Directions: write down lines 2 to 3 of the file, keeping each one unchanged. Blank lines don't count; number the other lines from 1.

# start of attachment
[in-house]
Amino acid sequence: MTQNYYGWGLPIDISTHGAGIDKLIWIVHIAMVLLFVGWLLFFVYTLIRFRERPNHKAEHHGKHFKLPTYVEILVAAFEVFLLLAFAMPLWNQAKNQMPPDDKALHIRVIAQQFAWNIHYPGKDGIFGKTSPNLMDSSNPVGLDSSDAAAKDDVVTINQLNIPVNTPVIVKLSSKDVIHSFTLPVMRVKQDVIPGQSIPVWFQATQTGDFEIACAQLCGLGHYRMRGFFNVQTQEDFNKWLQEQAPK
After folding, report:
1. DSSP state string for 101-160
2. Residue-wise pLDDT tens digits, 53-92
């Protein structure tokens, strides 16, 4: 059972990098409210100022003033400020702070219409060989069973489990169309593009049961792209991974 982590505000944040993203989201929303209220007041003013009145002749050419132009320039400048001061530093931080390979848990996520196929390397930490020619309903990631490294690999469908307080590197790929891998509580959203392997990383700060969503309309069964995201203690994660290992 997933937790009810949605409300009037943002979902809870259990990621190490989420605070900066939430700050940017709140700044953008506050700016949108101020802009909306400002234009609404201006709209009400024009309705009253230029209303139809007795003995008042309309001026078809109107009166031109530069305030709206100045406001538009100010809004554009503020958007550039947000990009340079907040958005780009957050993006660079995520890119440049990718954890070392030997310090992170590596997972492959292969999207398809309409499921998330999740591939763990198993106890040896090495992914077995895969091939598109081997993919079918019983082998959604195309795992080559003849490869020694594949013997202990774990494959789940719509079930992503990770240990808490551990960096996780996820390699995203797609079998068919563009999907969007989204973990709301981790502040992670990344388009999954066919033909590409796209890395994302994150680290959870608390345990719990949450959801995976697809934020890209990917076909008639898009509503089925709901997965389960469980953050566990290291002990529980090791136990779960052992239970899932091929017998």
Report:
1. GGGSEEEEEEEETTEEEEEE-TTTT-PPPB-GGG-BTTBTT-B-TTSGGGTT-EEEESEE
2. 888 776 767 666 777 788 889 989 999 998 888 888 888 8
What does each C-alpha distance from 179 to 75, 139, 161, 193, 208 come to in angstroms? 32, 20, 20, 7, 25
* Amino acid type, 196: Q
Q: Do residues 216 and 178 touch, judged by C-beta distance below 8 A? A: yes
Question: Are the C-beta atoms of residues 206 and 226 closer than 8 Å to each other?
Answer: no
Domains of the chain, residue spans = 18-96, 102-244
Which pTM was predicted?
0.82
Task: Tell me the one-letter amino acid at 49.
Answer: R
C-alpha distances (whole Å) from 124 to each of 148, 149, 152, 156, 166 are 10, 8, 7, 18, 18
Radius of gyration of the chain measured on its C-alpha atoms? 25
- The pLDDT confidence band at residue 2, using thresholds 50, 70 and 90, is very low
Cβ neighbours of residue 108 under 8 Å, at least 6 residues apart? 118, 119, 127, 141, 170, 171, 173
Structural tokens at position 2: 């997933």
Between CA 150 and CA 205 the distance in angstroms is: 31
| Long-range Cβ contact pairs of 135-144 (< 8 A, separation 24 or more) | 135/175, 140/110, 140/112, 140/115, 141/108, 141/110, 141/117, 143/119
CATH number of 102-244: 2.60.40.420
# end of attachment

Amino acid sequence: MTQNYYGWGLPIDISTHGAGIDKLIWIVHIAMVLLFVGWLLFFVYTLIRFRERPNHKAEHHGKHFKLPTYVEILVAAFEVFLLLAFAMPLWNQAKNQMPPDDKALHIRVIAQQFAWNIHYPGKDGIFGKTSPNLMDSSNPVGLDSSDAAAKDDVVTINQLNIPVNTPVIVKLSSKDVIHSFTLPVMRVKQDVIPGQSIPVWFQATQTGDFEIACAQLCGLGHYRMRGFFNVQTQEDFNKWLQEQAPK
After folding, report: